Francophone Rights Group Launches Awareness Campaign #MonéducationNotredroi

CSF-CB argues that francophone education in B.C. is lacking

The franco-colombien flag was raised on the grounds of the B.C. Parliament Buildings in honour of the vitality of B.C.’s francophone community. (flickr/ Province Of British Columbia)

“#MonéducationNotredroit” or “My education, your rights” is what the Conseil Scolaire Francophone du la Colombie-Britannique (CSF-CB) is naming its new campaign to raise awareness for a case heading towards the Supreme Court of Canada.

CSF-CB, also known as School District No. 93, is the B.C. school district which covers all francophone public schools in the province, unlike other school districts which are geographically centered. There are 43 francophone elementary and secondary schools in the district.

In its new ad, released on July 24th, the organization notes several schools that are in disrepair around the province, including some which are comprised only of portables and trailers. There are currently 73,000 people across British Columbia who are French-Canadians, though the last census lists 314,925 in B.C. who can speak both English and French.

“We’ve been part of this big court case against the Ministry of Education,” says Pascale Cyr, who works with public relations for CSF-CB.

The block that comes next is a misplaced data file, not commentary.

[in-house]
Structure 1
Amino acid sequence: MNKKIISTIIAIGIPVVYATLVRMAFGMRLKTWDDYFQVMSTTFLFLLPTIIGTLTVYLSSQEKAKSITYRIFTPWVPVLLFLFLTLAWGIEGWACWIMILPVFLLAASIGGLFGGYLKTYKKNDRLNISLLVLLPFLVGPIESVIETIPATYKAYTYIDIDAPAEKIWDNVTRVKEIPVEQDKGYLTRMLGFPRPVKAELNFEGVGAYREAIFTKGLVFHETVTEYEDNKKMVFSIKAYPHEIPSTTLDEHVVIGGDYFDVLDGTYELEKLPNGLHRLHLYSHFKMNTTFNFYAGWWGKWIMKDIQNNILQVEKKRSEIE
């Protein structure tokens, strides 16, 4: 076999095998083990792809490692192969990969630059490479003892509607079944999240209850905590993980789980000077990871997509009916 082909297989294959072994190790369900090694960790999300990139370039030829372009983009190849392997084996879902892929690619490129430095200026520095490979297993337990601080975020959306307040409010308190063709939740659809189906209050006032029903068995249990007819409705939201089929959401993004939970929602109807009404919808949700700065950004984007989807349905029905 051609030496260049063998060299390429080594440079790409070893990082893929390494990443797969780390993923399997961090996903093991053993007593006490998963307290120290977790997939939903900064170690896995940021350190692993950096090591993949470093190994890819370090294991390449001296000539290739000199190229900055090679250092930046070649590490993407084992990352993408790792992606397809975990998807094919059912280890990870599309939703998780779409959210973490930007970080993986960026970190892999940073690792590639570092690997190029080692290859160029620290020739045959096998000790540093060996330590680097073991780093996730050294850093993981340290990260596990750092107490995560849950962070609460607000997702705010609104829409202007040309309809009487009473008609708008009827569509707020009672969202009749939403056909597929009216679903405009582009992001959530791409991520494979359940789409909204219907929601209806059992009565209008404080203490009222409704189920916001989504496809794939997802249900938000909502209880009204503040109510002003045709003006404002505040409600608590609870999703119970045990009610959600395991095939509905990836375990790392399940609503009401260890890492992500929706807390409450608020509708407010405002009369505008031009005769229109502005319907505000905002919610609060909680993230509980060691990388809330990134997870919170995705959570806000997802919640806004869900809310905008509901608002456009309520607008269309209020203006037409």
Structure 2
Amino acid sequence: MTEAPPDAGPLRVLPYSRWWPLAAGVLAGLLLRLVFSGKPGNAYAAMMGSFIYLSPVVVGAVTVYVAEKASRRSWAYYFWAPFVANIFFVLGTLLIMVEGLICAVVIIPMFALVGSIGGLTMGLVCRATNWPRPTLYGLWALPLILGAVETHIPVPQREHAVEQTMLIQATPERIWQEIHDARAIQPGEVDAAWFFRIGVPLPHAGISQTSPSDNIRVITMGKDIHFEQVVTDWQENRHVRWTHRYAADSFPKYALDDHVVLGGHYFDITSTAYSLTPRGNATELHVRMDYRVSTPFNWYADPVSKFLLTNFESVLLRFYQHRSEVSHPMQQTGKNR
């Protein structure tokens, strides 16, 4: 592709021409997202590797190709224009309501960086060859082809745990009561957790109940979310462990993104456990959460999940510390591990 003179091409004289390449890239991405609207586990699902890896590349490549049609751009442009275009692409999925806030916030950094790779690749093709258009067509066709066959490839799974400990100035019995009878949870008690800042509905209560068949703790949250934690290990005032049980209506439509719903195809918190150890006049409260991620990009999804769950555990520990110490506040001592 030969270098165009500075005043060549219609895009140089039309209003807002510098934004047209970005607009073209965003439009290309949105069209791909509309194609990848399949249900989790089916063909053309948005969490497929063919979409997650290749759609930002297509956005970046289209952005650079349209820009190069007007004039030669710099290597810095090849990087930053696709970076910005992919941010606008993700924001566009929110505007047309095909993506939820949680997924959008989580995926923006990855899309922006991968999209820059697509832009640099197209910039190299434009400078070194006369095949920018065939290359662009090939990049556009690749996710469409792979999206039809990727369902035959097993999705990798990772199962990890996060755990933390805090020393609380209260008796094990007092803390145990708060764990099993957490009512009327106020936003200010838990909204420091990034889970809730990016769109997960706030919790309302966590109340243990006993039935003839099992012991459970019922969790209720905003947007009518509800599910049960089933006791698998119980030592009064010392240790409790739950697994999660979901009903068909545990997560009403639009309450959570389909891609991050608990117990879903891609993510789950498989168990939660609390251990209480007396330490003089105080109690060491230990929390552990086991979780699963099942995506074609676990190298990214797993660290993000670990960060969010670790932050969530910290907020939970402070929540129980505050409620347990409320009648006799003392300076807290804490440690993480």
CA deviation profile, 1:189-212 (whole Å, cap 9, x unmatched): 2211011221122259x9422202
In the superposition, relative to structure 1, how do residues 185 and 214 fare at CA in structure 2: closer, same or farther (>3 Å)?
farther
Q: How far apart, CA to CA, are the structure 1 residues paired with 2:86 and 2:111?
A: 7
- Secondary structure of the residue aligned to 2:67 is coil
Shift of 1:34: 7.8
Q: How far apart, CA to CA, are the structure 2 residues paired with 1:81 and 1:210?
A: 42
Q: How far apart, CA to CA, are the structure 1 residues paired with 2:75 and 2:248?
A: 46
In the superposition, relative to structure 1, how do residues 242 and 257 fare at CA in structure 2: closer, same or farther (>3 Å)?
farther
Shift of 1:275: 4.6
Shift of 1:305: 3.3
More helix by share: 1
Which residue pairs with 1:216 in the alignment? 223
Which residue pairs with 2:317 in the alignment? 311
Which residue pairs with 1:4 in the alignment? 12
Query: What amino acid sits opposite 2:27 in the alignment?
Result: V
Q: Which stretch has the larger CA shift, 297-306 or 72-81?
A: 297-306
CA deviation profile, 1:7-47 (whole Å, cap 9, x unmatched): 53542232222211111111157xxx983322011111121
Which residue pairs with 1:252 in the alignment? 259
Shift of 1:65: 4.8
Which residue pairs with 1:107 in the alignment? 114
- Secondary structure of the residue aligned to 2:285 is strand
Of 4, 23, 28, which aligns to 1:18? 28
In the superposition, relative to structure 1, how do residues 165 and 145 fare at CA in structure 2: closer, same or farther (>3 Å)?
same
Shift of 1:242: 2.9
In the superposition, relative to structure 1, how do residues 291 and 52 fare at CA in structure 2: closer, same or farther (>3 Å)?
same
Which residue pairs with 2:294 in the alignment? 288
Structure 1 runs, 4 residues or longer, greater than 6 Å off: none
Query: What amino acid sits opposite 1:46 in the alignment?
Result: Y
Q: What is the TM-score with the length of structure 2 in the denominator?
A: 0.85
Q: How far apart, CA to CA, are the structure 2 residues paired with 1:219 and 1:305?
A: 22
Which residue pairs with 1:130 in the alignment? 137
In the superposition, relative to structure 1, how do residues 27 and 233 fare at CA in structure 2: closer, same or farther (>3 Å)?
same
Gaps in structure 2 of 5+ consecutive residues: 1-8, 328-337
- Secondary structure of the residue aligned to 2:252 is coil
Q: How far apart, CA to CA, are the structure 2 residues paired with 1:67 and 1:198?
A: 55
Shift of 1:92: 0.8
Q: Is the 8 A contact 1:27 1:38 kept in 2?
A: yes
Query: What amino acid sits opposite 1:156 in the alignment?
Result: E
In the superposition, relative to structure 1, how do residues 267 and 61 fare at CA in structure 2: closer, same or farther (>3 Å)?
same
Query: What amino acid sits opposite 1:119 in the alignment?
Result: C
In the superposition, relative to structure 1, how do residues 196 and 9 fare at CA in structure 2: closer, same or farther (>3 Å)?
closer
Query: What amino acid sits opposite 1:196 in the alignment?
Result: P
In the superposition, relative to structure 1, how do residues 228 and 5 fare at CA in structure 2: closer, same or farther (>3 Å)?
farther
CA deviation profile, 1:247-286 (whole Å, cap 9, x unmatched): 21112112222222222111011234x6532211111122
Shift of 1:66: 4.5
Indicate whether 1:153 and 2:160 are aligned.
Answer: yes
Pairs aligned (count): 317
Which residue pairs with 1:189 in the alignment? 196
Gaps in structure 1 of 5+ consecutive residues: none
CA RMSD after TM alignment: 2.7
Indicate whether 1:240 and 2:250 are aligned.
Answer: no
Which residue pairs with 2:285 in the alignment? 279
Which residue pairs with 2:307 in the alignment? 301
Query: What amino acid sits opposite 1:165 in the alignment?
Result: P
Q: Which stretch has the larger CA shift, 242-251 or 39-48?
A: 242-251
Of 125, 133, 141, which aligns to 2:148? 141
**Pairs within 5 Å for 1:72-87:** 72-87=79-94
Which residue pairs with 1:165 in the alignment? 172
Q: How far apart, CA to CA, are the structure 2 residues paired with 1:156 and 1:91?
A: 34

“[The advertisement] was just one communication tool that was developed because on Sept. 26, we’ll be at the Supreme Court of Canada, because the case went through all these steps.”

The Supreme Court of B.C., in a previous court case, found that Section 23 of the Charter does indeed require publicly funded elementary and secondary education in the minority language, which in the Canadian legal context is French. The purpose of this is to enable minority language communities to resist assimilation. However, the B.C. court found that some parts of Section 23 were violated, and that the cost to solve the problem would be far too high.

Cyr also says that these language rights work both ways, and that anglophones in Quebec have the same mechanisms of appeal.

Some may wonder what the need is for francophone public education when there already are a sizable number of French-immersion schools in B.C. However, this is distinctly different. 

Cyr notes that francophone schools are unique in that they’re meant for those who speak French as a first language, and who live in a francophone community. French-immersion, on the other hand, is meant for students who are learning French as a second language.

Some may recognize some commonalities between the CSF-CB’s court case and a similar situation in Ontario. 

In 2017, the Ontario Liberal government announced that it would be building the first Ontarian French-language University in Toronto, but after the Progressive Conservative Party was elected in 2018, the project was cancelled. 

Depending on how the Supreme Court case goes, the CSF-CB suit could have a substantial impact on future decisions concerning Section 23.

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